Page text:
Do-Not-Resuscitate Orders in Suicide Attempts

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Do-Not-Resuscitate Orders in Suicide Attempts
Nursing 410

The National Institute of Mental Health (NIMH) has published a fact sheet of statistics on suicide in the United States. In 2007, it is reported that suicide was the tenth leading cause of death. Furthermore, for every suicide committed, eleven were attempted. A total of 34,598 deaths occurred from suicide with an overall rate of 11.3 suicide deaths per 100,000 people. (NIMH, 2010). Risk factors were also noted on this report and listed “depression and other mental disorders, or a substance abuse disorder (often in combination with other mental disorders). More than ninety percent of people who die by suicide have these risk factors (NIMH, 2010).”
Since the …show more content…

A patient may give clues with or without realizing they have done so; therefore, the nurse needs to be cognizant of such and relay the information to the physician. Even if the patient has a terminal illness and has decided to end his life, the nurse who has picked up on this decision still needs to relay this information to the physician for it to be explored further.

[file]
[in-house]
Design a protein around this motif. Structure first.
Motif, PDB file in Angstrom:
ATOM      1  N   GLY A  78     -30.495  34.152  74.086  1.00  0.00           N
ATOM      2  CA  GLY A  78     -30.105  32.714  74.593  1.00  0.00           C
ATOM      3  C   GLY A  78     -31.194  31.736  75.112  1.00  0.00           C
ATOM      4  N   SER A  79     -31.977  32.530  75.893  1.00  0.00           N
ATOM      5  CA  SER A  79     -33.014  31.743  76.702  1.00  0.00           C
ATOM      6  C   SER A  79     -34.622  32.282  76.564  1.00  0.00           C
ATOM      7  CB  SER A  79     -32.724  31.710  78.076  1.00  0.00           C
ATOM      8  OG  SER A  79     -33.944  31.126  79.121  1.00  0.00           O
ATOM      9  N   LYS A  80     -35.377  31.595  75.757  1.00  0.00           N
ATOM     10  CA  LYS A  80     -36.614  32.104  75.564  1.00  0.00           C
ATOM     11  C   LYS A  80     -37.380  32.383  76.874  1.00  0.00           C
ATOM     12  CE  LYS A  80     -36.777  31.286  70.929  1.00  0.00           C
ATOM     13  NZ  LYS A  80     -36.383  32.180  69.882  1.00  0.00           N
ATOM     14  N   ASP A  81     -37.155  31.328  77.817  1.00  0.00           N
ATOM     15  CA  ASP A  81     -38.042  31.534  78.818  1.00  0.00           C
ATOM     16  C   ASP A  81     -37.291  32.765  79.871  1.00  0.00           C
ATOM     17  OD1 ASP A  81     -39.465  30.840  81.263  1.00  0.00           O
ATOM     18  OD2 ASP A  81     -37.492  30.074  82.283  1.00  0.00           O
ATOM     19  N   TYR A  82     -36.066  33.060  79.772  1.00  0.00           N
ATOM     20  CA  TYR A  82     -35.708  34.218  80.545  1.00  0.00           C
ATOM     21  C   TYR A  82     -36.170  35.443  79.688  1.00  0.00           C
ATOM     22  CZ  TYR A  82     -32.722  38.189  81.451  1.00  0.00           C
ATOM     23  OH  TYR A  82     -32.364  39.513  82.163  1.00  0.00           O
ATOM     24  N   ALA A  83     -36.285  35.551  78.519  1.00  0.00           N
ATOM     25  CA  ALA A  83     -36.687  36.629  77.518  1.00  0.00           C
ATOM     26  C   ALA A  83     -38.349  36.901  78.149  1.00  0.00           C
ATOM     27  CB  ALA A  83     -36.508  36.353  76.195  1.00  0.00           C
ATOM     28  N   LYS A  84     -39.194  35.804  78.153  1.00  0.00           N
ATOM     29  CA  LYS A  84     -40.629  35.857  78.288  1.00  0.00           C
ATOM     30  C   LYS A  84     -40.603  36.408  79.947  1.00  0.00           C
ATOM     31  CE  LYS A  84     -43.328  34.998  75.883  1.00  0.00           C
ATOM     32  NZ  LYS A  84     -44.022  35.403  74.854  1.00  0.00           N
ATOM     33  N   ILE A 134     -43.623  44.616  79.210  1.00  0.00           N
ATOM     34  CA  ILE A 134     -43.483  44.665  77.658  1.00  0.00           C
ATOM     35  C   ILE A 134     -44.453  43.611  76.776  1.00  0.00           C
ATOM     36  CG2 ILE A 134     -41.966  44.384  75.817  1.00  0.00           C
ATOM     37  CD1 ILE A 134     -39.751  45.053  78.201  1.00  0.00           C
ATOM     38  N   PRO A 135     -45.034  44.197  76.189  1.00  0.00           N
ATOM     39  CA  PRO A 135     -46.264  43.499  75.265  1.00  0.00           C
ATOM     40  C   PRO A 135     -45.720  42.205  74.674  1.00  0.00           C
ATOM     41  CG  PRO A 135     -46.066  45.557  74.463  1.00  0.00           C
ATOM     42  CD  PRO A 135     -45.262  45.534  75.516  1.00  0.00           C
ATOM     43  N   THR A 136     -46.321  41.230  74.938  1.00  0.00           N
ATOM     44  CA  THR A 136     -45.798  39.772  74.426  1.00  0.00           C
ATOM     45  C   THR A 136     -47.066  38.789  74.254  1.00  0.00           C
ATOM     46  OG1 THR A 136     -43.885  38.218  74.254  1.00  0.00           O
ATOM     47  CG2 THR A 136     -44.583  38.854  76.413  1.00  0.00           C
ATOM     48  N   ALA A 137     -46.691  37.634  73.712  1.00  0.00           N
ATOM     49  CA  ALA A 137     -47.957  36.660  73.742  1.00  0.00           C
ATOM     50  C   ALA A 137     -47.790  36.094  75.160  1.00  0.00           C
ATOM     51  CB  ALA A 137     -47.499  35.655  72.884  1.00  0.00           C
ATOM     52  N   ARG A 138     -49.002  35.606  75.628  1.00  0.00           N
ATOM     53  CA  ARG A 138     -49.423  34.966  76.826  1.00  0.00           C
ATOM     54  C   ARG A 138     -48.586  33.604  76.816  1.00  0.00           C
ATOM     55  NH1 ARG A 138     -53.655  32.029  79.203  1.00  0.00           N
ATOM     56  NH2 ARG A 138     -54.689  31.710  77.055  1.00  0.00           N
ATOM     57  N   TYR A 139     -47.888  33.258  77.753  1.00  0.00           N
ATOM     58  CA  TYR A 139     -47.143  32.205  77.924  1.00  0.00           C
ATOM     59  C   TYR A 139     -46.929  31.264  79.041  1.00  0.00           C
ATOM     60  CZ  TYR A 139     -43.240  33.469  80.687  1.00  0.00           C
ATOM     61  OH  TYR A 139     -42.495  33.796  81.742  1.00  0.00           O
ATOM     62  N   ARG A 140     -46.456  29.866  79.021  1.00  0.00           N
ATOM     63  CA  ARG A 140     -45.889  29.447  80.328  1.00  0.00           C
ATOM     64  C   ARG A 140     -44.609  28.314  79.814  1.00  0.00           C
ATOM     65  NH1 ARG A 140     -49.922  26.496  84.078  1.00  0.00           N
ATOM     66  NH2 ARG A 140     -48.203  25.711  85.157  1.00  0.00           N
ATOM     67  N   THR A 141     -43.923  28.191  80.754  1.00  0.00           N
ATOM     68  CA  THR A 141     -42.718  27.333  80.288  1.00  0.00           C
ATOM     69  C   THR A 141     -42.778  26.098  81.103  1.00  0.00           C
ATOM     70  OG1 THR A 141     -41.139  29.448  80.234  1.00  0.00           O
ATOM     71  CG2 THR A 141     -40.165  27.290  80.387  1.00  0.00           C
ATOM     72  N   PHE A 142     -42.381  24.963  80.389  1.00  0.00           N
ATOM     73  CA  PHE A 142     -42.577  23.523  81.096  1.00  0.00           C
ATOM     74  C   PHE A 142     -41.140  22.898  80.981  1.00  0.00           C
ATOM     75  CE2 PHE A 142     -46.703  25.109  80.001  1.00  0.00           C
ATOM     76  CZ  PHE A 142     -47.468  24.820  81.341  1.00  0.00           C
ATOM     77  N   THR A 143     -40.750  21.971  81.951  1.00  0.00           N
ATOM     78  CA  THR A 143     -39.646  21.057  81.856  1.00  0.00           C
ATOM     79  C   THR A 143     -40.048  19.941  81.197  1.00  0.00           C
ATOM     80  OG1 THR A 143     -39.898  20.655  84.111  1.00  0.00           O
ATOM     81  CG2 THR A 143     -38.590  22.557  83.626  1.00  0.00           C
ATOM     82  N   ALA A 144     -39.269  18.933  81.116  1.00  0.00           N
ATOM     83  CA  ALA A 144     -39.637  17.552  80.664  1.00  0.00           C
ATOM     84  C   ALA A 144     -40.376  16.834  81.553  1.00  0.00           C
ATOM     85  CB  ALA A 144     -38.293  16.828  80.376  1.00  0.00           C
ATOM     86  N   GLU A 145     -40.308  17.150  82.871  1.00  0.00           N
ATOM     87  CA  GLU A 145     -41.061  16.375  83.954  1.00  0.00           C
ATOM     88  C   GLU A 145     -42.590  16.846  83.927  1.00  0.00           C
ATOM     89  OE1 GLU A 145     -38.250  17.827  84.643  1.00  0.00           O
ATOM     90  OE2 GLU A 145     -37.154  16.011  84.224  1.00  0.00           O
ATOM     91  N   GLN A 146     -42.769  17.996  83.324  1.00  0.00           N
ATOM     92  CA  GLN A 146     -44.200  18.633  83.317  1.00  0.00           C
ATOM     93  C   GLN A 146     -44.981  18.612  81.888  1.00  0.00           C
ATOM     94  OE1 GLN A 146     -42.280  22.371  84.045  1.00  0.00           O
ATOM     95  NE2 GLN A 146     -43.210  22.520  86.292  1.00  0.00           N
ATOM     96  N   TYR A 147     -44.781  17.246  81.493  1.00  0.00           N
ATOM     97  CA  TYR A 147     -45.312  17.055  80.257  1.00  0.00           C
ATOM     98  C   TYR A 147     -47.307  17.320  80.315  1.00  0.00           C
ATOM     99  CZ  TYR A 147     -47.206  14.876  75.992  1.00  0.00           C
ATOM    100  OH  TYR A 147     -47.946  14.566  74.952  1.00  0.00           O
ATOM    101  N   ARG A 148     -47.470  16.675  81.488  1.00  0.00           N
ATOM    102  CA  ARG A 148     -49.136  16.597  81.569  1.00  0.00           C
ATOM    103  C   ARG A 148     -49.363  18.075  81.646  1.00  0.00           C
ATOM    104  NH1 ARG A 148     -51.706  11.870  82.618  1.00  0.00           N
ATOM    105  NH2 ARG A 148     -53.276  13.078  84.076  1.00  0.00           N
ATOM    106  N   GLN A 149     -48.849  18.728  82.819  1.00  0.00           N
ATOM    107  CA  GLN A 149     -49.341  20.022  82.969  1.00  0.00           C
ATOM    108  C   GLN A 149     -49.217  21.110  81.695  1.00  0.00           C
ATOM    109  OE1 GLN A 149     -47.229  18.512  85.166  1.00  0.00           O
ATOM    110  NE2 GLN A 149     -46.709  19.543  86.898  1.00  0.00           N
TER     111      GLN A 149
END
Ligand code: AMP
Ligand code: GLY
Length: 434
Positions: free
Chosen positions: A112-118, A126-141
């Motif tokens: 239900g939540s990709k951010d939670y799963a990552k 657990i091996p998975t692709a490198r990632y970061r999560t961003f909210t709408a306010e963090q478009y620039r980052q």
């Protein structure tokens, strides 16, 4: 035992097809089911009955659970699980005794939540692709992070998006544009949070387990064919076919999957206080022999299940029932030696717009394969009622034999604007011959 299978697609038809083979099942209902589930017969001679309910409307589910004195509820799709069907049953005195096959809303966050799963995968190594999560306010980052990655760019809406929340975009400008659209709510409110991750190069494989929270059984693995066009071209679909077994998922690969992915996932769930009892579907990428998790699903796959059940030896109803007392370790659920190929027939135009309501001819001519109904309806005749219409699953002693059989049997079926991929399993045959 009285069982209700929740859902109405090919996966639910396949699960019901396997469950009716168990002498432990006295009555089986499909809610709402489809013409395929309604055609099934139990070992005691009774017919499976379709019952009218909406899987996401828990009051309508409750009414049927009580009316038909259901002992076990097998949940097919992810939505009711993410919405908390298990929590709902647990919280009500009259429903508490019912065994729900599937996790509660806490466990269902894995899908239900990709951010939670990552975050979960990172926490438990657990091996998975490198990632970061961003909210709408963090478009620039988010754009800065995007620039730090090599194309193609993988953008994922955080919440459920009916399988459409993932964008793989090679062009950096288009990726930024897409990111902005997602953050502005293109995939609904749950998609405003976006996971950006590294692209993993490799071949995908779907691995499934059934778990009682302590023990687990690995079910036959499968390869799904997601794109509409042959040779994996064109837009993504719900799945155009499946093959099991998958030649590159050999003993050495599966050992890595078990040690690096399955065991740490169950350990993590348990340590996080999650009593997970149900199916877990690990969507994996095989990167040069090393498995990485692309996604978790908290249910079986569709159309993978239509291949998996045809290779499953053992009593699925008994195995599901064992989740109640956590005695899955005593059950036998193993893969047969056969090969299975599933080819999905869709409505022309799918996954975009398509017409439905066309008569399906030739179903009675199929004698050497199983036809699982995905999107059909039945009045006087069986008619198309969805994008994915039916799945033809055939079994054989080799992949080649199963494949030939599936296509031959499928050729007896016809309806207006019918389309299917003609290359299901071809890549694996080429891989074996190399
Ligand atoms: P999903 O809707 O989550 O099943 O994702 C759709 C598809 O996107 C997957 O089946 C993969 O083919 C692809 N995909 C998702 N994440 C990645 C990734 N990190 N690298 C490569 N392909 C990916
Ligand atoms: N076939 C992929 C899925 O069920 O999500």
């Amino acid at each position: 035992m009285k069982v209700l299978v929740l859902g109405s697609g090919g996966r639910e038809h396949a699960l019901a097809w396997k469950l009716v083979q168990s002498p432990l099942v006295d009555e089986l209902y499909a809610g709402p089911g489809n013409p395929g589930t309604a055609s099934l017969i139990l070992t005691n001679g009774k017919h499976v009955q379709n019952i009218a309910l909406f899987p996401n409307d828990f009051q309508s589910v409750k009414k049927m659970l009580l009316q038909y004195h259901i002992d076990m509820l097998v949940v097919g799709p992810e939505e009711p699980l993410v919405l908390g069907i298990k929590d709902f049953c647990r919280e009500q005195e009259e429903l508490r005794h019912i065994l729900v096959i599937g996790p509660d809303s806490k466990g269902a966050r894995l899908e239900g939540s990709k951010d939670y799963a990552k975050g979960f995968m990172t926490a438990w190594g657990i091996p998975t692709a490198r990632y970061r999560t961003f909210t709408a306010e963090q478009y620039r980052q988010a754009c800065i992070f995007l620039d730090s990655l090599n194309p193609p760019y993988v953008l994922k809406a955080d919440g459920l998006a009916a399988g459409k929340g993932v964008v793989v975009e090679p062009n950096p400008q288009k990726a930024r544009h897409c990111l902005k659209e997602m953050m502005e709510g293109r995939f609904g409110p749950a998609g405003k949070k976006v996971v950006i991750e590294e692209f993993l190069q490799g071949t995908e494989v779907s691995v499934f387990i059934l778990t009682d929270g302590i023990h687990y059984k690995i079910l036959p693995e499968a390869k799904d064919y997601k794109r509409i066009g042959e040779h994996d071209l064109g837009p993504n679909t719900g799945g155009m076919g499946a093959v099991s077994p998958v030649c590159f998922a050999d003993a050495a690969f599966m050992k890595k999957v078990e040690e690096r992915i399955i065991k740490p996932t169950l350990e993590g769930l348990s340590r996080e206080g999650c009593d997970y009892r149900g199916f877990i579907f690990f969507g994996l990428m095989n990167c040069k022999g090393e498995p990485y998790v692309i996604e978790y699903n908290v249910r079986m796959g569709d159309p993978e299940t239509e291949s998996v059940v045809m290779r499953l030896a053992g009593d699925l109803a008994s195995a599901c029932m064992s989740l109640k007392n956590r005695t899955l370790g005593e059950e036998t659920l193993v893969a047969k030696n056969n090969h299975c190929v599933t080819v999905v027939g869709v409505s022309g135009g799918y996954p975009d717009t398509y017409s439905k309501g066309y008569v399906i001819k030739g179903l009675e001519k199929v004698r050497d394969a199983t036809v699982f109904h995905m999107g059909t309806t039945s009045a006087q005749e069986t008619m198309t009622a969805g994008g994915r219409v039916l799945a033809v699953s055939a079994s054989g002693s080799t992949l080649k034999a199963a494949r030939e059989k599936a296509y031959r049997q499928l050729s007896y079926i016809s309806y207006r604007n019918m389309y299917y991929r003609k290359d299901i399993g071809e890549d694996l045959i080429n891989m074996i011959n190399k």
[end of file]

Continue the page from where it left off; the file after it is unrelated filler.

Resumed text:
Ethical Implications
An ethical dilemma arises when a patient who has an advance directive and/or a DNR in place attempts suicide. “The idea of saving people vs. allowing people to die or commit suicide is at the very essence of one of the most debated and controversial dilemmas today. As long as there is difficulty in determining rationality in suicide, this controversy will remain (Butts & Rich, 2008).” Not only do the principles of autonomy, nonmaleficence, and beneficence collide with one another, but legal, religious, and/or economic values are also impacted (Cook, Pan, Silverman, & Soltys, 2010). According to Butts and Rich, “rational suicide is a self-slaying based on reasoned choice and categorized as voluntary active euthanasia and that individuals who contemplate rational suicide have a realistic assessment of life circumstances, are free from severe emotional distress, and have a motivation that would seem understandable to most uninvolved people in their community.” Contrary to that statement is the finding in the various articles read indicating that individuals who

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